On the one hand, there's my childhood experience of college football. When I was a kid, college football was a central part of the transition from summer to fall each year. Most Saturdays would find me in Husky Stadium with my dad and uncle and siblings and cousins (or getting up insanely early and driving to Eugene or Corvallis or Pullman for away games). We'd meet up late morning at my cousins' house, stuff our pockets with snacks, and head toward the stadium with the crowd of other fans heading down the Burke-Gilman trail. We would walk through the fall leaves or gray drizzle, carrying piles of umbrellas, ponchos, hats, mittens, and my dad's famous solution to the rain getting your jeans and shoes wet - a long roll of clear plastic to unroll over the whole row of laps, resulting in many admonitions from the adults to sit still already, you're knocking the plastic on the ground. Needless to say this made The Wave a little problematic. During away games that were too far to drive to, we collected at whichever house had the best football-watching tv at the time and watched the game there. Most Christmas vacations there was a bowl game to go to. We all knew the vocabulary, strategy, roster, conference politics, etc and could discuss them fluently. So yeah, a central part of my childhood that involved a lot of bonding and fond memories.
On the other hand, there's the culture of college football. And football in general. And club sports in general. Case in point: Penn State. First, you have a hierarchical structure where careers ride on wins and losses and revenue brought in. For a graduate assistant coach, being a whistle blower is a career-ending move. The very machinery that you are hitching your career wagon to will grind you up in a heartbeat if you buck the system and step outside the clear but implicit code of (mis)conduct. Then there's the reluctance of the administration to do a goddamn thing to prevent serious ethical breaches and abuses as long as the program is doing what the program is supposed to do - win games and make money. After all, involving the police and bringing charges against people is really bad PR. Better to sweep it all under the rug. What's the rape of a few 10 year-olds when $68 million a year is at stake? Collateral damage.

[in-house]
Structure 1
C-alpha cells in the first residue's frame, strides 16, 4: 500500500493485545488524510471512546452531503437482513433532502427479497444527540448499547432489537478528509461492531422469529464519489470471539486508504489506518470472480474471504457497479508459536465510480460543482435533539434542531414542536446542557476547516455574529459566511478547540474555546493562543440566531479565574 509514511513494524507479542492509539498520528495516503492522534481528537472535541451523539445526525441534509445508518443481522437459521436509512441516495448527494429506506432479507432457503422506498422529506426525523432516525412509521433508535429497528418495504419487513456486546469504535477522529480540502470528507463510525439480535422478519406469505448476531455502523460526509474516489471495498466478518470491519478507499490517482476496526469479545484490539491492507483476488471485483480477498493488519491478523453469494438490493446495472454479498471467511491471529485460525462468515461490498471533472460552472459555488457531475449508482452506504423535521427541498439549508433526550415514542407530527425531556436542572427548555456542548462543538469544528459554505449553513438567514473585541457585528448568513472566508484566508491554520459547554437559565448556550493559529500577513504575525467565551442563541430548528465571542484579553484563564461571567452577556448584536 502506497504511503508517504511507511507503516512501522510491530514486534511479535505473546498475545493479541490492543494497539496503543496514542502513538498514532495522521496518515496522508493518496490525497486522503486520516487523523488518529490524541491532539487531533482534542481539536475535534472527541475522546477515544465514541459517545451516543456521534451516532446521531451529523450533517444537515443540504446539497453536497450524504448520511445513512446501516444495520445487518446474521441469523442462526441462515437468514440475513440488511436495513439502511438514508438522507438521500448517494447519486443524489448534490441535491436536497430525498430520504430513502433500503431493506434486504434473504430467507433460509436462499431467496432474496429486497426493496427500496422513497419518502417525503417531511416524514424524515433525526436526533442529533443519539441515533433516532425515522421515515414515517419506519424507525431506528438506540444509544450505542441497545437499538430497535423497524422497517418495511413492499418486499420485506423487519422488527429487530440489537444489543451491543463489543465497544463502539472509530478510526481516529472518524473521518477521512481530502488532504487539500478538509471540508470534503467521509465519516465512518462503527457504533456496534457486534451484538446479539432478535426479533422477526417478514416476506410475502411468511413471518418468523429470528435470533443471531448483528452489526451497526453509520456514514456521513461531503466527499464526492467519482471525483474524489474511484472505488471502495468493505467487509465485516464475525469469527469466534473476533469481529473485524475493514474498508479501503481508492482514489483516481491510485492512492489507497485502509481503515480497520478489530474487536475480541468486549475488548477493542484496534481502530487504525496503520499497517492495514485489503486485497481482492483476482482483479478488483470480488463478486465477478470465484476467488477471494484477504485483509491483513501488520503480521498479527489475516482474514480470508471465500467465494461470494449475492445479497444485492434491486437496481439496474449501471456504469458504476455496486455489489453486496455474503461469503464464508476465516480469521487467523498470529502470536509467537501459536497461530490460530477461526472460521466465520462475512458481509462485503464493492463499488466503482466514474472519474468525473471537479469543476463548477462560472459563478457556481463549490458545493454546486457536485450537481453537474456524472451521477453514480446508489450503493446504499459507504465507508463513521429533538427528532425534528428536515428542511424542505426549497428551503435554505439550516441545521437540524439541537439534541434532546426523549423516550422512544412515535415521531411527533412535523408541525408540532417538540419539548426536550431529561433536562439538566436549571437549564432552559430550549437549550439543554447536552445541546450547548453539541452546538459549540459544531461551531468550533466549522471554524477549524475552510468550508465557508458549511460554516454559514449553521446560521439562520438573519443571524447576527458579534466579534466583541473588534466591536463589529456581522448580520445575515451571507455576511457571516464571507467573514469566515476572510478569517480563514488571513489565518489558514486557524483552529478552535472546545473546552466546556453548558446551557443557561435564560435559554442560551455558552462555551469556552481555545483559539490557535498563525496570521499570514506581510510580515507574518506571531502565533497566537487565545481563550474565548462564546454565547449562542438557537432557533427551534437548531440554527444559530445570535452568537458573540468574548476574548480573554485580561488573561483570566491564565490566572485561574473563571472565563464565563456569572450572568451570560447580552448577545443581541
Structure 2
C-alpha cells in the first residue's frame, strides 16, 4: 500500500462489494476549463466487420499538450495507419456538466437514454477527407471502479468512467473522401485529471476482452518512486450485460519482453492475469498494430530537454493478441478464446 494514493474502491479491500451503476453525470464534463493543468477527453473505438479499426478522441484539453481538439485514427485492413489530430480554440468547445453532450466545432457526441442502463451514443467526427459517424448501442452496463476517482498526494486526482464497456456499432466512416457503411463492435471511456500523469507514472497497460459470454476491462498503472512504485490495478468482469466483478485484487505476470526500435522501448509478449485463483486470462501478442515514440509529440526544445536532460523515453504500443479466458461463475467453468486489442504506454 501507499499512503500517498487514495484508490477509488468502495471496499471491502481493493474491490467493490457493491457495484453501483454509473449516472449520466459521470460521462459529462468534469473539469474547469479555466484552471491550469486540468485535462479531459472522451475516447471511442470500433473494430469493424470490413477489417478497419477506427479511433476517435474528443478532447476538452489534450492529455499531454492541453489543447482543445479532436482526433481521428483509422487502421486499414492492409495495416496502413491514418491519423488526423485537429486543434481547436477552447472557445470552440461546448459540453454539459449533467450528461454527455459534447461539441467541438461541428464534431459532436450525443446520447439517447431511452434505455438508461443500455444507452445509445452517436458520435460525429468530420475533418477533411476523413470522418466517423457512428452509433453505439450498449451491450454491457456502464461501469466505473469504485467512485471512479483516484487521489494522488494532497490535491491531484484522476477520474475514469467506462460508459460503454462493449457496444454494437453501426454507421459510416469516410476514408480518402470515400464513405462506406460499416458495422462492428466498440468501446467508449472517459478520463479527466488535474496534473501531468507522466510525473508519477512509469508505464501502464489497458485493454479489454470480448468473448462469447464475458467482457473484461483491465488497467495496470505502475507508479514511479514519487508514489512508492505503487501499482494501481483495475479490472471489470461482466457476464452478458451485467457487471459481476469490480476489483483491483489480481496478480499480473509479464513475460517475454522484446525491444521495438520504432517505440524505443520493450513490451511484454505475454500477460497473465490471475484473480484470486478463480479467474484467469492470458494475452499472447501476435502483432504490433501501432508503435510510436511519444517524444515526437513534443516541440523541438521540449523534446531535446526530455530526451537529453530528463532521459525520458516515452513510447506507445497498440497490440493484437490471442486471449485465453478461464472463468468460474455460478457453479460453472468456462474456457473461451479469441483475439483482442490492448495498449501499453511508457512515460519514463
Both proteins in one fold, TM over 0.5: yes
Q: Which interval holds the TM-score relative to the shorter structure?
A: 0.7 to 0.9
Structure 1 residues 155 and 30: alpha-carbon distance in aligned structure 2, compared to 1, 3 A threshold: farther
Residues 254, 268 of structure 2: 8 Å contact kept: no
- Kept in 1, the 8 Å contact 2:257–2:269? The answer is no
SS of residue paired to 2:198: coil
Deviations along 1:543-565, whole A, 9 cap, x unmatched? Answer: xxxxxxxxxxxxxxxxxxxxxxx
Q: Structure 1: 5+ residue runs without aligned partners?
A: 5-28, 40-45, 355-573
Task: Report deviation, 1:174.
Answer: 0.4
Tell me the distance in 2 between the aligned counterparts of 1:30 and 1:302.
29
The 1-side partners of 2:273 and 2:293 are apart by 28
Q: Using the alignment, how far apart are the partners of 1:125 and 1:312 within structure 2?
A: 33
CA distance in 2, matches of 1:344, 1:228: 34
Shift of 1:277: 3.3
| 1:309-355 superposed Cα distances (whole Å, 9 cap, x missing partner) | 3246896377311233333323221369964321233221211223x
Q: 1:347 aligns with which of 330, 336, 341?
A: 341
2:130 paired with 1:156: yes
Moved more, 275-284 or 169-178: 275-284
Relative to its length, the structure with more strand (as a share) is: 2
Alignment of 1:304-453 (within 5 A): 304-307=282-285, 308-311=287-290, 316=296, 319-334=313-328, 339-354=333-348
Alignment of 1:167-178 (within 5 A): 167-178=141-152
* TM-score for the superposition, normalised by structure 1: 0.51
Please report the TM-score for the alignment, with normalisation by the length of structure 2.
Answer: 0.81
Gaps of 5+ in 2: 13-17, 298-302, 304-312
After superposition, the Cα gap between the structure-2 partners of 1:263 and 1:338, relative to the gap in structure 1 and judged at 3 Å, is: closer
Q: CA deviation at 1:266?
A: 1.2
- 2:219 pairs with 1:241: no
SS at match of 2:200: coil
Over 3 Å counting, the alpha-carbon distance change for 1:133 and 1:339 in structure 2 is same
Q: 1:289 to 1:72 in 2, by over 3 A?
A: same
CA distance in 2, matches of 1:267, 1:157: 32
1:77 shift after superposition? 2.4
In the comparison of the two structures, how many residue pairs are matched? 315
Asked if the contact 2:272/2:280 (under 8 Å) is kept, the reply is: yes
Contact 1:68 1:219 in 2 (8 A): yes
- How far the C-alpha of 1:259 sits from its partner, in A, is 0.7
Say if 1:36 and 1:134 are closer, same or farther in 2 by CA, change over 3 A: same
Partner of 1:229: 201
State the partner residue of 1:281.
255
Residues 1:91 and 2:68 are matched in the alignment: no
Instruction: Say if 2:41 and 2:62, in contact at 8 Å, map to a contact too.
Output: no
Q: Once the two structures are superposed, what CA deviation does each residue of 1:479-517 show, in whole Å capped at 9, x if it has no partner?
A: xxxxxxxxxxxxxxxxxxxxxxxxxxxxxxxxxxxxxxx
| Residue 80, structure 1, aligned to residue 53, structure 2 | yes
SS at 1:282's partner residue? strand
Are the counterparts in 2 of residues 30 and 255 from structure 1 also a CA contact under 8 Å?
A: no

And so I distrust college football, because it's a patriarchal institution driven by a warped set of values, which isolates itself in order to maintain the fucked up culture that results from these values, and somehow manages to maintain its privileged status in spite of repeated instances of misconduct and abuse. And what does this all remind us of? The Catholic church, perhaps?
Right. You could take that sentence and replace "college football" with "the church" and it would perfectly capture the issue. Like this:
I distrust the church,* because it's a patriarchal institution driven by a warped set of values, which isolates itself in order to maintain the fucked up culture that results from these values, and somehow manages to maintain its privileged status in spite of repeated instances of misconduct and abuse.Note that I say "the church" here instead of "the Catholic church" because I think the abuses rampant in the Catholic church are just the most widespread and visible abuses of their kind. You might remember that the church I grew up in, which was decidedly not Catholic, was a great environment for abuse as well. Obviously the values that drive the institution and allow for the abuses are different, but the same dynamic is at play.
So I think that isolating a couple of scapegoats at Penn State and publicly excoriating them is kind of a joke. Way too little; way too late. Until we take a step back and really examine the culture and practices of the institution, we can expect to see one instance of misconduct after another. Nothing will change. Patriarchal, hierarchical institutions will always choose to sacrifice individuals and engage in self-protective behavior to preserve their own culture and practices, and maintain their privileged status. That's the way it works. That’s what it means to be a patriarchal institution. What did we expect already?
*Of course it's true that not all churches fit this description, and in fact there are some churches that make an effort to prioritize the needs of individuals over that of the institution. But I still think this is the exception rather than the rule. Generally speaking, the institutional nature of a church results in a tendency to pursue practices that are protective of the institution first, even if this comes at a cost to individual members.